Defoliating, Leaf trimming or Leaf cutting Bonsai

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Partial Defoliation

Defoliating or Leaf-cutting Bonsai Partially defoliating a bonsai is much kinder and with some tree species is preferred to total defoliation. Large leaves (or the largest leaves) are gradually removed through the growing season until late Summer, these large leaves are slowly replaced by smaller leaves as and when required.
There are several advantages to partial defoliation; the stress of leaf removal is spread over a number of weeks or months. The largest leaves tend to be in the strongest, most apical areas of the tree (that is, the tips of the branches, particularly in the crown or apex) and their removal enables light to reach the weak, inner and lower branching. In this way, partial defoliation can be used as a means to reinvigorating the weaker, lower areas of a tree by weakening the apical areas.

Species suitable for defoliation techniques

This list by no means complete; other species can be defoliated but I would strongly suggest that unless a particular tree species is recommended for total defoliation by an experienced enthusiast, first try a limit amount of partial defoliation on a specimen to gauge its reaction to defoliation techniques.

Defoliation is normally carried out around midsummer in the UK; however some species are best defoliated a little earlier in late May, the others in mid June. Please note that different climates and differences in the length of growing seasons will alter the optimal time to defoliate according to where you live.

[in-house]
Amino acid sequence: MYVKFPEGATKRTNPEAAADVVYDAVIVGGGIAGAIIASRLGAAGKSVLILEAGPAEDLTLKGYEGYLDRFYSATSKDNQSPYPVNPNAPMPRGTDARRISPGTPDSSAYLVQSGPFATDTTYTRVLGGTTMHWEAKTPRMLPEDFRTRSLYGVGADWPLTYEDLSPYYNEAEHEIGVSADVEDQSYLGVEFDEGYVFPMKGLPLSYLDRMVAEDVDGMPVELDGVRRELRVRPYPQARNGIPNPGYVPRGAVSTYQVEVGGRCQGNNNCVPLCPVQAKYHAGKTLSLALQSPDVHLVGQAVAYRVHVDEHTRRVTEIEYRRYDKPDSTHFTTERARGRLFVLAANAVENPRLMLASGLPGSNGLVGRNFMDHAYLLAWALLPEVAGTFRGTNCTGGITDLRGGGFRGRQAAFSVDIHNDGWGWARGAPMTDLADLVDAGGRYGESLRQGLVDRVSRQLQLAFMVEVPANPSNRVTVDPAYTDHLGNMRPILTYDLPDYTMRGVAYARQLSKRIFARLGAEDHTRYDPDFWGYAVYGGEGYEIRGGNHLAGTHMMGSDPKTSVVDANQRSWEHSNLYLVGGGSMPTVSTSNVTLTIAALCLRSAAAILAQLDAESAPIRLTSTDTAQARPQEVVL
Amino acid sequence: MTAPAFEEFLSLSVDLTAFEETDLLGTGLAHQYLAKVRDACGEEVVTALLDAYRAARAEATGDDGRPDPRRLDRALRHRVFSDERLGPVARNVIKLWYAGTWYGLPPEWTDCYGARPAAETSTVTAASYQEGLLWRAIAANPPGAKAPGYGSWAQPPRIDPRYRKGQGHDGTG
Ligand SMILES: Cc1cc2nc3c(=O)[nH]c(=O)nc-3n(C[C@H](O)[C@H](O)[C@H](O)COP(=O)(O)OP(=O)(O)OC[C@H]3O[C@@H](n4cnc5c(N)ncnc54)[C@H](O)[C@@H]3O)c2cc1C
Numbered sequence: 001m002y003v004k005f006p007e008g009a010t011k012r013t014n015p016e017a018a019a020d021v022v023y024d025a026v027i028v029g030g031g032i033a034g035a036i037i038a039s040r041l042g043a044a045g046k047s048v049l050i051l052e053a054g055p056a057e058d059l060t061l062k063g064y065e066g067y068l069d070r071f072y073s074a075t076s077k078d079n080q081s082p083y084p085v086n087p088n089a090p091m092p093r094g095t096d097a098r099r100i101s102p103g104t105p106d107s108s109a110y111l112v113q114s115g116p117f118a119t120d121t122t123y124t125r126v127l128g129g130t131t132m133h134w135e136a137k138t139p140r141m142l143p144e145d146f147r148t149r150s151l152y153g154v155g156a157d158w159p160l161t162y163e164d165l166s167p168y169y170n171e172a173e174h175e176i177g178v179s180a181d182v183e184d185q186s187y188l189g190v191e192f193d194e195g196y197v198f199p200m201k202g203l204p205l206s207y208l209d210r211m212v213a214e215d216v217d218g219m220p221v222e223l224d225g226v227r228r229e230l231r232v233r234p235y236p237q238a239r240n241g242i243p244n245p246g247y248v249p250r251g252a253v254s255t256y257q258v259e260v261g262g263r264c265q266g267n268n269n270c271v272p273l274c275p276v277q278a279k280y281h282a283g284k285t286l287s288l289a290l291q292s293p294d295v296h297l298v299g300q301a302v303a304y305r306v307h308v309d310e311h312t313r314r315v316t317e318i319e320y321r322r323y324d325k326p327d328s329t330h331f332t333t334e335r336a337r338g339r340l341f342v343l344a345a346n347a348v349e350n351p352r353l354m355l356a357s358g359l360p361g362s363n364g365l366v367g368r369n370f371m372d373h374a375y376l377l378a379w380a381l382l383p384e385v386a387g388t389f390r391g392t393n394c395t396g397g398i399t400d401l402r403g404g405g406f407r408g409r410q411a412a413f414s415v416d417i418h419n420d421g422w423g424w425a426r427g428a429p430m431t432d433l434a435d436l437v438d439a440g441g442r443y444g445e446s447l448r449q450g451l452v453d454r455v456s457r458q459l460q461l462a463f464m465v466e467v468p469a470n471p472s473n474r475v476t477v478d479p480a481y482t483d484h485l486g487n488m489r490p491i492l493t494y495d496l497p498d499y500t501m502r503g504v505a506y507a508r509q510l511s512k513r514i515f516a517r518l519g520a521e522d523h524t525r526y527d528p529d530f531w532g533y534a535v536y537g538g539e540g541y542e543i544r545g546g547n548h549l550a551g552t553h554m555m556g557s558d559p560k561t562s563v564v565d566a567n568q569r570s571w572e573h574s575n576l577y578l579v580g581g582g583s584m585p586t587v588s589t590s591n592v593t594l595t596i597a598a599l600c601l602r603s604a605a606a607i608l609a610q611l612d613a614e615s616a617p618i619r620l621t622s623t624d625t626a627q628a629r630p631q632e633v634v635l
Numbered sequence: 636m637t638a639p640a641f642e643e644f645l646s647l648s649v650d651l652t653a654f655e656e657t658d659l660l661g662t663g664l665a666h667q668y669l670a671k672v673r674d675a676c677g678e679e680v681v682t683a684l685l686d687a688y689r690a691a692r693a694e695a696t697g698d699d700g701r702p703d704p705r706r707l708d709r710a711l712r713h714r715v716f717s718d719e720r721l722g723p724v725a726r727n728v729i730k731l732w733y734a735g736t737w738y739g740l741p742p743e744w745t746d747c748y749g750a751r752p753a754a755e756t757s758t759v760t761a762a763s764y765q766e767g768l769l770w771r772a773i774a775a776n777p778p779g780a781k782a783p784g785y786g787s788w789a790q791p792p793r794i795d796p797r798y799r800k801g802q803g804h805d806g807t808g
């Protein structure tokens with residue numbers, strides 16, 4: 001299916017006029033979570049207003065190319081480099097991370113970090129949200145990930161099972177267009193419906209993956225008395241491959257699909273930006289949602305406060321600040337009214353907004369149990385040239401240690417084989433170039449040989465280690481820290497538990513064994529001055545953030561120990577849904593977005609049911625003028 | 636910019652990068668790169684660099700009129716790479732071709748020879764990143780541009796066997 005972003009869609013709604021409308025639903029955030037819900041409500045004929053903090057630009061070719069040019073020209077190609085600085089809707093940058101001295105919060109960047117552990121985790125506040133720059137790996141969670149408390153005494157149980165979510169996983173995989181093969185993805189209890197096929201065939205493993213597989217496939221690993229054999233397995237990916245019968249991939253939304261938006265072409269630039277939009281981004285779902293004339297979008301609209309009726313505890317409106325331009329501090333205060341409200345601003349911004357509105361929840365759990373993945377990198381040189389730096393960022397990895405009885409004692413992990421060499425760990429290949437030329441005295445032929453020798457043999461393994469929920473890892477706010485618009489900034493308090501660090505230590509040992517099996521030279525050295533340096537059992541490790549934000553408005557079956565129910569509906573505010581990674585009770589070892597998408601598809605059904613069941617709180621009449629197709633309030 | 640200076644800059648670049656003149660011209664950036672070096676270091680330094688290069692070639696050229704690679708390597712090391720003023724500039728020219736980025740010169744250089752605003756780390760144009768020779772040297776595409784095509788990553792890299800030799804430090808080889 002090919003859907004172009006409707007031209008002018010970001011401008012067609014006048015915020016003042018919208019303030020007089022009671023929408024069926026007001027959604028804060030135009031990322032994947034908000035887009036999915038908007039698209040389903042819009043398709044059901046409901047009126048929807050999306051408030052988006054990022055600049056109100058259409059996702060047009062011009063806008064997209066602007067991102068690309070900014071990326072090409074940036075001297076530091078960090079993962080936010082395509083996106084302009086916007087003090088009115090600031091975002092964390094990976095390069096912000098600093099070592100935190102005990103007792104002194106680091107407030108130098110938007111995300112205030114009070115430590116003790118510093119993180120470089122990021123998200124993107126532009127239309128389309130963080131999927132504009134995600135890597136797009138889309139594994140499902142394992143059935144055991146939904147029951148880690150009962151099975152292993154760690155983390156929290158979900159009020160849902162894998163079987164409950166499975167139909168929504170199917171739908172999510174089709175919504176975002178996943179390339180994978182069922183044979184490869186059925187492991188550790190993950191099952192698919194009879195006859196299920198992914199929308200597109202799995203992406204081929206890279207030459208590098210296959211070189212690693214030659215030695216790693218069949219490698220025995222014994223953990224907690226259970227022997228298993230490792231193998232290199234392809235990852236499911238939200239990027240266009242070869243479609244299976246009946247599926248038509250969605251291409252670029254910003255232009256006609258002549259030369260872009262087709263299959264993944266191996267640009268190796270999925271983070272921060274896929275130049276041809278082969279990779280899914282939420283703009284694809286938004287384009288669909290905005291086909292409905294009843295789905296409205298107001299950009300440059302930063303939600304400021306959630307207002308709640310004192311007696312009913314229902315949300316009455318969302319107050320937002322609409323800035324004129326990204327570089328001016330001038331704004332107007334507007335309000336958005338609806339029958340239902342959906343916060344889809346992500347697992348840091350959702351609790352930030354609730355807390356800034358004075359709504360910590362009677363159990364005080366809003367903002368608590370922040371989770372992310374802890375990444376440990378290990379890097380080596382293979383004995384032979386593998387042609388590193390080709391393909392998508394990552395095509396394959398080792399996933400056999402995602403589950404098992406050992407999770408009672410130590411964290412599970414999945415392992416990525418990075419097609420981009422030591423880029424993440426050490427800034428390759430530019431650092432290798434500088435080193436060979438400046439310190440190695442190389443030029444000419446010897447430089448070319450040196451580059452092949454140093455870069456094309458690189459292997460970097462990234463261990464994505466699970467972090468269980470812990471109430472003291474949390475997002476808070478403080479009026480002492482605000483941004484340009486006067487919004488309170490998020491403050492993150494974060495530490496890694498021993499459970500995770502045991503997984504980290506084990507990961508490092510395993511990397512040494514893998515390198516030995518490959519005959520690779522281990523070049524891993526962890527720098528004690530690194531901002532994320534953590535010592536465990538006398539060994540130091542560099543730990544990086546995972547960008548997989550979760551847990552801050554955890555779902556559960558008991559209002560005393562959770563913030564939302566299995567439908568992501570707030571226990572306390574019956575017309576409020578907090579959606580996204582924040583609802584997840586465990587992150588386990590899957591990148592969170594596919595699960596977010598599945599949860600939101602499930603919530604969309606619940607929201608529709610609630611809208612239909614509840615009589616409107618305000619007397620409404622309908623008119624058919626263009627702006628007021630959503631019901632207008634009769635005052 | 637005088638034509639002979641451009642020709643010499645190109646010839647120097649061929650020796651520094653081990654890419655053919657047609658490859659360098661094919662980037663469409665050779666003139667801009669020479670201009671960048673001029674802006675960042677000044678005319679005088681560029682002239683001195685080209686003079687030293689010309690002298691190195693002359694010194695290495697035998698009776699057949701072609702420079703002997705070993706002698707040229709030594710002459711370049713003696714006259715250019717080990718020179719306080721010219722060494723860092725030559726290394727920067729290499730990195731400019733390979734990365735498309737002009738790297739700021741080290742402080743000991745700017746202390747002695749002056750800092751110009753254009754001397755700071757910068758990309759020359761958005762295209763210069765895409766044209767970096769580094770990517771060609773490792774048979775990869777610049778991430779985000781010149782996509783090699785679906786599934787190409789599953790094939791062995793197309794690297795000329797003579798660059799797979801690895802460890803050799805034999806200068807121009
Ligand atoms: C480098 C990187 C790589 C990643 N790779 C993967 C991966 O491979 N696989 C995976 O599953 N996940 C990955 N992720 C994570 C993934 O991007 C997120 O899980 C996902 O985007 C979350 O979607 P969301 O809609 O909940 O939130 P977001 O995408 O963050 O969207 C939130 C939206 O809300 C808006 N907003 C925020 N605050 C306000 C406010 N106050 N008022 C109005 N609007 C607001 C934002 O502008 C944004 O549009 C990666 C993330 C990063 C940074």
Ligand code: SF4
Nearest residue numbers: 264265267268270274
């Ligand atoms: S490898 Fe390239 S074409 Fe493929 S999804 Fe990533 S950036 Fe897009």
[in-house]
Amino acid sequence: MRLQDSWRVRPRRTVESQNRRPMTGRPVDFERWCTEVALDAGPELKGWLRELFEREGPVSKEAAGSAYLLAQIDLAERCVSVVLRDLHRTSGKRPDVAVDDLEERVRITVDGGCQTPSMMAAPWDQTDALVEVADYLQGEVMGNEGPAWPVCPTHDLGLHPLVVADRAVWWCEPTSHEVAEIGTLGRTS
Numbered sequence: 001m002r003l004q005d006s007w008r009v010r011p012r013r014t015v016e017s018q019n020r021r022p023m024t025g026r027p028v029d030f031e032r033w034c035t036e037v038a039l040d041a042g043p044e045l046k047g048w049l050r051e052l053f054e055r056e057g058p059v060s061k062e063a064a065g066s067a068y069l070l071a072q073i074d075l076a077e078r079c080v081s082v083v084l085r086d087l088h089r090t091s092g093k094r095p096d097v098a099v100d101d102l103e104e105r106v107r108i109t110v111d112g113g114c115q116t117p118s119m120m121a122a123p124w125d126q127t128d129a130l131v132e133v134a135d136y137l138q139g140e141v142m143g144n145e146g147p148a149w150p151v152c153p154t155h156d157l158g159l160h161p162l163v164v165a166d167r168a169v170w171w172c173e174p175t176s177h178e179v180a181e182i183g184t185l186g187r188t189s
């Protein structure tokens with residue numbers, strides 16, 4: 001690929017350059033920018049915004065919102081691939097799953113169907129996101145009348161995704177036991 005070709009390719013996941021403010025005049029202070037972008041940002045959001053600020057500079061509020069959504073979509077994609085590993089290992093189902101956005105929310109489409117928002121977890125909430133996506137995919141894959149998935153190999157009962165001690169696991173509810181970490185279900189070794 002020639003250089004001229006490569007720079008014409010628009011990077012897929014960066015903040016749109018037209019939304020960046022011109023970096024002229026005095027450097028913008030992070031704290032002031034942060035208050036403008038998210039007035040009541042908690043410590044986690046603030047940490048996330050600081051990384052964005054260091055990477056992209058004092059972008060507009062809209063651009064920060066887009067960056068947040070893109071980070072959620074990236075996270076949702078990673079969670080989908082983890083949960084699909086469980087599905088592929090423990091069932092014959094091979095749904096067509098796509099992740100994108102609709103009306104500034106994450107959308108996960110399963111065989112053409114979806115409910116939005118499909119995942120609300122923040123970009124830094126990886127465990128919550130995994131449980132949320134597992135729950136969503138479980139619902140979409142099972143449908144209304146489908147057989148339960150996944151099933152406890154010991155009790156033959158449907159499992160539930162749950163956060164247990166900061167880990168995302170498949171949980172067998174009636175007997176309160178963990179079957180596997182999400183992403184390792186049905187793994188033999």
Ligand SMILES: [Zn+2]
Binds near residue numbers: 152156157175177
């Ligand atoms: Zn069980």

Species to be defoliated in May

Crataegus species Hawthorns:
Total defoliation in May but partial defoliation of larger leaves is normally adequate.

Fagus sylvatica European Beech:
Partially defoliate larger leaves from May. Complete defoliation has varying degrees of success and is not recommended. For further details please see Advanced Pruning Techniques for Beech/Fagus

Quercus robur European/English Oak:
Partial defoliation of all large leaves from May onwards except those on weak (often low) branches. Thin out leaves (leaving one or two on each branches) in heavily congested areas of the tree, often at the tips of branches.

Sageretia theezans: Total defoliation can be carried out before June and with very vigorous trees, a second time after midsummer.

Ligustrum sp./Privets: Total defoliation can be carried out before June and with very vigorous trees, a second time after midsummer.

Ulmus various species Field Elms:
Total defoliation in May; also helps combat thickening of the tertiary twigs that cane be a problem with Field Elms; particularly for mame and shohin sized trees.

Ulmus parvifolia Chinese Elm:
Total defoliation in early May can be followed by a second total defoliation after midsummer if tree is vigorous enough. With only a small leaf-stalk and huge numbers of leaves even on mame sized bonsai;rather than cutting with scissors, remove leaves with fingers, pulling away in the direction of the branch to avoid damaging the new bud or branches.


Species to be defoliated in June

Acer palmatum Japanese Maple:
Total defoliation in June is excellent for increasing ramification and reducing leafsize. Partial defoliation of large leaves recommended for the weaker red-leaved Acers.

Acer buergerianum Trident Maple:
Total defoliation can be carried out twice a year on vigorous specimens.

Carpinus Hornbeams
Total defoliation of only the most vigorous specimens. Otherwise partial defoliation as per Fagus/Beech species.

Fuchsia species Fuchsia
Total defoliation can be carried out twice a year in vigorous specimens

Malus Crab Apples:
Total or partial defoliation.

Zelkova serrata Zelkova
Partial defoliation of all but the weakest branches can be carried out.

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